New Jersey Men and Women Prohibited from Voting Pursuant to State Disfranchisement Laws, Policies and Practices Petition the IACHR
The felony disfranchisement laws, policies and practices of the United States violate the right to vote free from discrimination under the American Declaration on the Rights and Duties of Man and the Inter-American Convention on Human Rights.
The ACLU has twice brought the issue of U.S. felon disfranchisement laws before the Inter-American Commission on Human Rights (IACHR); once in a contentious petition challenging New Jersey’s disfranchisement laws and more recently, in the form of a request to the IACHR to convene a hearing on disfranchisement laws in the United States and other countries in the Americas.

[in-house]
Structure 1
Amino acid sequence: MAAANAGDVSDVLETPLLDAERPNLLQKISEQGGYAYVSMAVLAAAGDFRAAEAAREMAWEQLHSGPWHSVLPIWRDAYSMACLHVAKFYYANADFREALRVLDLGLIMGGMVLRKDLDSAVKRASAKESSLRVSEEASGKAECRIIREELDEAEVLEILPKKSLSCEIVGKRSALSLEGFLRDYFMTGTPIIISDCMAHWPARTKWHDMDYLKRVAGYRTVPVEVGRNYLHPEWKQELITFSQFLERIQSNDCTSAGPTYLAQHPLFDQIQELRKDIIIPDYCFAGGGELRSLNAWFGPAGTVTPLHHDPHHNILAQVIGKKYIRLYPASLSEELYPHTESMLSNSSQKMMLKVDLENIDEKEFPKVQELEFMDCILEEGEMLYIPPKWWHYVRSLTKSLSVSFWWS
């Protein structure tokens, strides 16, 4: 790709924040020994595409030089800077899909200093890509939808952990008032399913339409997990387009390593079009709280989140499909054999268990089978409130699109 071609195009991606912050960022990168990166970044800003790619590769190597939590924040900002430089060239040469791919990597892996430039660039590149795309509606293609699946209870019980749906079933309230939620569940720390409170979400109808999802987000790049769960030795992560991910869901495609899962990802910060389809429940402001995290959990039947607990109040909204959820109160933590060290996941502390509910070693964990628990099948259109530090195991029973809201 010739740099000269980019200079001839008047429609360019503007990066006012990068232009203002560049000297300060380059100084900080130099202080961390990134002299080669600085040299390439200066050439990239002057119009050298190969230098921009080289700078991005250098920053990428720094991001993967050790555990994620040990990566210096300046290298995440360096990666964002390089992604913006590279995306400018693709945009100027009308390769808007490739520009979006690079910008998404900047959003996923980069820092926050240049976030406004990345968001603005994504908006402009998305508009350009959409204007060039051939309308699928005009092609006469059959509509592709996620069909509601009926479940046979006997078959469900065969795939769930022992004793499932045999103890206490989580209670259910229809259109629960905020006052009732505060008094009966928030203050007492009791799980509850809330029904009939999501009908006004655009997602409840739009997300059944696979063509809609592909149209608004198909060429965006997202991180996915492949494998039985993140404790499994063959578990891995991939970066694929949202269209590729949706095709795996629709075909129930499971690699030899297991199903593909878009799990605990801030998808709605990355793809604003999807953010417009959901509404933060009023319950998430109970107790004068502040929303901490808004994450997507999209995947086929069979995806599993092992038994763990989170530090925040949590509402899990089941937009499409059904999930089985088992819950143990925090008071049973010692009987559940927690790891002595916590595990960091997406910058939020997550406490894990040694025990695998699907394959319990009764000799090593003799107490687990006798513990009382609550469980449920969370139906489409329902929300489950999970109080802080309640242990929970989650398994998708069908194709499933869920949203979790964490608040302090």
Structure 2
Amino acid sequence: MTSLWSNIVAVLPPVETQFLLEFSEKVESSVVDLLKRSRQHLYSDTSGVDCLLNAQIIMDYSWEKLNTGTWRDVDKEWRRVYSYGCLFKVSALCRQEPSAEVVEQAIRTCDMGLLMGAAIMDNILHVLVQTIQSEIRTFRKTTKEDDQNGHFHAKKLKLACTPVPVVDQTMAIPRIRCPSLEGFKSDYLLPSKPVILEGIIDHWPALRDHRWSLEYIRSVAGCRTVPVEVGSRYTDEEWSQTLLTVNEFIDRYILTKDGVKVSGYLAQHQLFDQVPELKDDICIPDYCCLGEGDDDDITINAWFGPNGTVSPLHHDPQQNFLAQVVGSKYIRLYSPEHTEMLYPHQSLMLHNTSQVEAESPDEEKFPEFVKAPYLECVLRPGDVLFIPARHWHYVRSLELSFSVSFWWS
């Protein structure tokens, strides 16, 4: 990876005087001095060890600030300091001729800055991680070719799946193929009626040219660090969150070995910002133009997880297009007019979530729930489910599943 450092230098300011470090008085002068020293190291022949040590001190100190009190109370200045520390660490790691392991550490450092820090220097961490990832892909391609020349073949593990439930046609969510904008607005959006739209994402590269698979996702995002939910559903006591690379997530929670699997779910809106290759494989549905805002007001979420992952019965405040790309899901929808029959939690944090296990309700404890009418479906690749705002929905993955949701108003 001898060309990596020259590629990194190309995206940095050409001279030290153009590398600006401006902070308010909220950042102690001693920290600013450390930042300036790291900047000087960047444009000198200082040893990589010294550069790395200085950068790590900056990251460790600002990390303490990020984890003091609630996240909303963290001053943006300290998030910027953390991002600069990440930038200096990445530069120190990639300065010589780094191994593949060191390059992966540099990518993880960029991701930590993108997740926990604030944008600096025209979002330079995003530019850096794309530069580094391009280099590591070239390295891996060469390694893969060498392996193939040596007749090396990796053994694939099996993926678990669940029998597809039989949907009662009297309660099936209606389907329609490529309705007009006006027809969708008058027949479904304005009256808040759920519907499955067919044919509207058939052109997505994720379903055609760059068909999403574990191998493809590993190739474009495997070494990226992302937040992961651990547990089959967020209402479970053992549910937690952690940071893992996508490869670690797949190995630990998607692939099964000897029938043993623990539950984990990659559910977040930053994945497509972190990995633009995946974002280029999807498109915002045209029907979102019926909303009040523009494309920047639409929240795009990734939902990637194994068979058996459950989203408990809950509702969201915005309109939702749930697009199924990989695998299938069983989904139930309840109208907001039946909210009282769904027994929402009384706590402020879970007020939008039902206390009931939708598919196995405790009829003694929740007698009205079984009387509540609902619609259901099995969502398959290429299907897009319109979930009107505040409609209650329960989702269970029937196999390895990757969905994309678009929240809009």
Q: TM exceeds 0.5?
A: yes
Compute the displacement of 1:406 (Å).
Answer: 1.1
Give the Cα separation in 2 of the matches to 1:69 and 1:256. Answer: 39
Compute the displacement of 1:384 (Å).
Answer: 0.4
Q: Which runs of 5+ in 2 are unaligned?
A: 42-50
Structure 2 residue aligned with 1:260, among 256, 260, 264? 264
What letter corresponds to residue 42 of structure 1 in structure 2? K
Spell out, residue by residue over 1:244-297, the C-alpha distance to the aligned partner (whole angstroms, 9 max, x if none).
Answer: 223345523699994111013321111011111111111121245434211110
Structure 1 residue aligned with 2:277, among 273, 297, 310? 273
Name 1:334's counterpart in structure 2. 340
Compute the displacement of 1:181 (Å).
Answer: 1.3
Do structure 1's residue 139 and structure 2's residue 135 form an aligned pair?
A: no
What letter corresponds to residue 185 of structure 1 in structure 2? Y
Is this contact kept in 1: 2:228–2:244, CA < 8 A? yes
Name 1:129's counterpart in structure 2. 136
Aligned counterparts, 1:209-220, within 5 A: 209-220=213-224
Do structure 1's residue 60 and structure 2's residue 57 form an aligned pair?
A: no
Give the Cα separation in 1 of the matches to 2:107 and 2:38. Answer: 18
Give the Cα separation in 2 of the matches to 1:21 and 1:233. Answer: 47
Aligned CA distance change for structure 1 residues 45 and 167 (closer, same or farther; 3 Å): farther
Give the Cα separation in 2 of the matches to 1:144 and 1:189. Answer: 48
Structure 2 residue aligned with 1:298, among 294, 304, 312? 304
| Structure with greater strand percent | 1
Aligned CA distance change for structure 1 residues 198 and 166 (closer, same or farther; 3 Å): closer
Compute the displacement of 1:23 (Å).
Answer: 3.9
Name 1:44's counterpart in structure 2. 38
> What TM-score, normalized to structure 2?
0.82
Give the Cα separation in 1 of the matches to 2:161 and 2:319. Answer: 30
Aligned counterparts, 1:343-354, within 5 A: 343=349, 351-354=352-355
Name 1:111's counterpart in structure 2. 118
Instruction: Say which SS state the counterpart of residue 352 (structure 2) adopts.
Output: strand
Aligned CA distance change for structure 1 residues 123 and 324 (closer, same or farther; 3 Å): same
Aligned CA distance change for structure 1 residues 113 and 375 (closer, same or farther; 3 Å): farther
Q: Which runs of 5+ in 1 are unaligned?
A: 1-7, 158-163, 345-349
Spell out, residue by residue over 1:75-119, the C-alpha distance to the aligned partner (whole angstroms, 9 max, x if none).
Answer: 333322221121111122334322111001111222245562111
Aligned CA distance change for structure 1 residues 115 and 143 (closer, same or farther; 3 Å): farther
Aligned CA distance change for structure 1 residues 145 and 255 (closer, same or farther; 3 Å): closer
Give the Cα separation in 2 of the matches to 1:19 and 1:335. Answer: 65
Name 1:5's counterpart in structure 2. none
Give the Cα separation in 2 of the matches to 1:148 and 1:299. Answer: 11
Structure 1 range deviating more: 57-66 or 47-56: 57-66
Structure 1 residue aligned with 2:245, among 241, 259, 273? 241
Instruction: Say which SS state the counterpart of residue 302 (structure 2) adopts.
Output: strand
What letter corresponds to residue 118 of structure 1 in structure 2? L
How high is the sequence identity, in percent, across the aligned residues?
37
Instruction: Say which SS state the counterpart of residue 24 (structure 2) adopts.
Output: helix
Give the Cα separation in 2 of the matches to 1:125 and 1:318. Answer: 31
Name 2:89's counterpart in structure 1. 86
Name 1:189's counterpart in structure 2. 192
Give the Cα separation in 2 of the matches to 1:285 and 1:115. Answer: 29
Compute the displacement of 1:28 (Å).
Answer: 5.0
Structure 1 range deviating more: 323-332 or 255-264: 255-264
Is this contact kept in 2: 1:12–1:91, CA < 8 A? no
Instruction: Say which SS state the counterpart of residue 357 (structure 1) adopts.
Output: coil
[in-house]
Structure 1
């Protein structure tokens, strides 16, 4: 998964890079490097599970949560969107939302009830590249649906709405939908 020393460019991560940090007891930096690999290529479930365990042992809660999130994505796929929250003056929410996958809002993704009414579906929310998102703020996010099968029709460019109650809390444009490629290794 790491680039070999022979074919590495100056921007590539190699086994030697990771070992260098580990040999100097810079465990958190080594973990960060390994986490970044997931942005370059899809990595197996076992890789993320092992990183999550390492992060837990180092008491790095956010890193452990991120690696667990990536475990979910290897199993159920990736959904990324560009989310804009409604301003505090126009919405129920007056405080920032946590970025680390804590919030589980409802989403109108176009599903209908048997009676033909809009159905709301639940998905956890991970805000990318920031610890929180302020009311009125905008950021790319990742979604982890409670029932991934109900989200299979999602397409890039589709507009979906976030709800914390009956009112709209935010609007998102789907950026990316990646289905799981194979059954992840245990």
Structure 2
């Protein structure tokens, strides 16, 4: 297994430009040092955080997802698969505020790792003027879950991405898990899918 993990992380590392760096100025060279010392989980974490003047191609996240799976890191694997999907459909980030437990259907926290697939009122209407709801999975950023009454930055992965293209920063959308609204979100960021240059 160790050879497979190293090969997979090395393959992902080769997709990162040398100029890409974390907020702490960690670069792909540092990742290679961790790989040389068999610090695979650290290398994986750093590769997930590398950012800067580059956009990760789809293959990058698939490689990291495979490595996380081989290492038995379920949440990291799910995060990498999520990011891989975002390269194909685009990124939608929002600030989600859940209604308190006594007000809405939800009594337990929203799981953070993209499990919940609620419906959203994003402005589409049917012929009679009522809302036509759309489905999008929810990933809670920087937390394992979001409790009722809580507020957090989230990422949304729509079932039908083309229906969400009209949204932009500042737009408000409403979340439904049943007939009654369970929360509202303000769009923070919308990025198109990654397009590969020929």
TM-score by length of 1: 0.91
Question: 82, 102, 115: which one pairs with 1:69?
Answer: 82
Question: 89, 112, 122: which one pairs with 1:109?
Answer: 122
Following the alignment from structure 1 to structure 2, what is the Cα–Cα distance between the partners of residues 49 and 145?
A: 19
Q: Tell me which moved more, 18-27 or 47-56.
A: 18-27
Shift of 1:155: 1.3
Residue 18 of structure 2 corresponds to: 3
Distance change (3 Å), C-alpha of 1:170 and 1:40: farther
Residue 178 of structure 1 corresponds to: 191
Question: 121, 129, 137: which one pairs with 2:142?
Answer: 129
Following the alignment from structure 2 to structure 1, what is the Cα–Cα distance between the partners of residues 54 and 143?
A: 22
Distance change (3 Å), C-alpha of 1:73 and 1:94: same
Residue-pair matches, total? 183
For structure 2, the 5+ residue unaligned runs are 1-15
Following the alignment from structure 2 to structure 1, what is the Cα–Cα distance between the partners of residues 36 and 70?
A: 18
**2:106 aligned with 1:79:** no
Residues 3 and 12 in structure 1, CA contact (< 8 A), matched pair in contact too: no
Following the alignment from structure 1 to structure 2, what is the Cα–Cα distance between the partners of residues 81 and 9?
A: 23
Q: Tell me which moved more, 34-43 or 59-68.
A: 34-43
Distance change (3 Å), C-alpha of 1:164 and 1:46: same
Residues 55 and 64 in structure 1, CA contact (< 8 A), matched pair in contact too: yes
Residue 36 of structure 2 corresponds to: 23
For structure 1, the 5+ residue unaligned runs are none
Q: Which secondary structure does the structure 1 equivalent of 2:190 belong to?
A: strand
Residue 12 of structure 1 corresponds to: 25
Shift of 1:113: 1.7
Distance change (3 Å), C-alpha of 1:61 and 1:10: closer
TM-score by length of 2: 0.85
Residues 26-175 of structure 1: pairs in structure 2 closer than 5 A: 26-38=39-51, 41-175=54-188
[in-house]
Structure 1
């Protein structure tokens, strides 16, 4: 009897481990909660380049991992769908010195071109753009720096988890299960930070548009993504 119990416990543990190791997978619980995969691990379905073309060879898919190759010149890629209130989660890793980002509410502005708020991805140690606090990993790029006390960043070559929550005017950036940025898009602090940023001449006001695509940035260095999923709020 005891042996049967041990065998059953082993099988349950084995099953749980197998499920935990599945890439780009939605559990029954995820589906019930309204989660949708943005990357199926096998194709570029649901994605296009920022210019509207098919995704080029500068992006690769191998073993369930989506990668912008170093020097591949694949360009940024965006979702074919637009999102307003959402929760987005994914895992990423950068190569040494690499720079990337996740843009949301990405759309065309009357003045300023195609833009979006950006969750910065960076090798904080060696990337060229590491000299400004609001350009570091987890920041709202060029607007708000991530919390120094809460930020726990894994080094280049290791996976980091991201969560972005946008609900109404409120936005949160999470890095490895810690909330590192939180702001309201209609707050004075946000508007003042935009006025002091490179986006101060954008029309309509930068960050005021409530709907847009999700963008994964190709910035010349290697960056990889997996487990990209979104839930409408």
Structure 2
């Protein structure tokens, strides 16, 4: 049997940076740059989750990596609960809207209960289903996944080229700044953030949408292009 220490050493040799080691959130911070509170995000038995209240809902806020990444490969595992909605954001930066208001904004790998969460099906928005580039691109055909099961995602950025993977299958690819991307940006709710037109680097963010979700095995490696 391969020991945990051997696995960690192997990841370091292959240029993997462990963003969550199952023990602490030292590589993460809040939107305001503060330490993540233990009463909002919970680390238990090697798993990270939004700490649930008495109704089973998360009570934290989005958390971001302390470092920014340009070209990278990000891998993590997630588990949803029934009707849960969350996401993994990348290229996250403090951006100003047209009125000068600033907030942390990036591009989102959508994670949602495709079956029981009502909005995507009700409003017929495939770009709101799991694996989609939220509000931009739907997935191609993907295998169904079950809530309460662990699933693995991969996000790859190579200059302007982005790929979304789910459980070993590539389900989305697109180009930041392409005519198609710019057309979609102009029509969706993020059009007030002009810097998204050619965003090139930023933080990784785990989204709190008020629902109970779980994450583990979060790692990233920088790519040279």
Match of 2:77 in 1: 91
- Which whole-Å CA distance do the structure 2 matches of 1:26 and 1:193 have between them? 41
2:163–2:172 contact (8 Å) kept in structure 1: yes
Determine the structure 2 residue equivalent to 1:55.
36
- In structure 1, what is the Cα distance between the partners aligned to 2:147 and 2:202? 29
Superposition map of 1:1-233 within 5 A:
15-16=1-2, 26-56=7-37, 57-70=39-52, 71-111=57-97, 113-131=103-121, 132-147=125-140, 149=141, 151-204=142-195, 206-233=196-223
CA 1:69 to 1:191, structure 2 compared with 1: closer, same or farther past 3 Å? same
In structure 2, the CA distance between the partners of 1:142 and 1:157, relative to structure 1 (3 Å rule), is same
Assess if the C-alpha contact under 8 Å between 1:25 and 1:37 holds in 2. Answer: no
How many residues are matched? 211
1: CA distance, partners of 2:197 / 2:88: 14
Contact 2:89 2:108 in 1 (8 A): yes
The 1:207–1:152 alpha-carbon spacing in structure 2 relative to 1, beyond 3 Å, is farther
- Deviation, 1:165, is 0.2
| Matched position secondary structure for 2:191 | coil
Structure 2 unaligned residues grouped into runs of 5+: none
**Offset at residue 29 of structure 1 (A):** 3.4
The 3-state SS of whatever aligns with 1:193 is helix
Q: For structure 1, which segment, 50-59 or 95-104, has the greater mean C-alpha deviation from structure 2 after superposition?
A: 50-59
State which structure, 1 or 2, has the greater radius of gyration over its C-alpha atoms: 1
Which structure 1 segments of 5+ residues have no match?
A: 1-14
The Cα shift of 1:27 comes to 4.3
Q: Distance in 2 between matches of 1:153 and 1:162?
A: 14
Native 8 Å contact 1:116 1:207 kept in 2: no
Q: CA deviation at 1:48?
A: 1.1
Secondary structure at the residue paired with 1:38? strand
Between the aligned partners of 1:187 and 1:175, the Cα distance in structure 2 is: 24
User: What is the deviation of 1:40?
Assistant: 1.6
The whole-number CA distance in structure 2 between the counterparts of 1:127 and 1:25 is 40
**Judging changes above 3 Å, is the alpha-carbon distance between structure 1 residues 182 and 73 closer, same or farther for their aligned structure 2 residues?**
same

In September 2006, the ACLU submitted a petition to the IACHR against the U.S. and the New Jersey government on behalf of citizens of New Jersey challenging their exclusion from voting in federal, state and local elections based on prior convictions. The petition alleged violations of the human rights – specifically the right to vote and the right to vote free of discrimination - of the New Jersey State Conference NAACP, the Latino Leadership Alliance of New Jersey, Councilwoman Patricia Perkins-Auguste, Councilman Carlose J. Alma, Stacey Kindt, Michael Mackason, Charles Thomas, and Dana Thompson by the U.S. and the State of New Jersey.
The IACHR is an autonomous body of the Organization of American States (OAS), an inter-governmental organization of which the United States is an active member. As a member of the OAS, the United States is obligated to uphold human rights recognized under the American Declaration and Inter-American Convention on Human Rights. The IACHR is tasked with monitoring and enforcing member state compliance with these human rights standards. With headquarters in Washington, D.C., the Commission regularly investigates allegations of human rights violations in the Americas..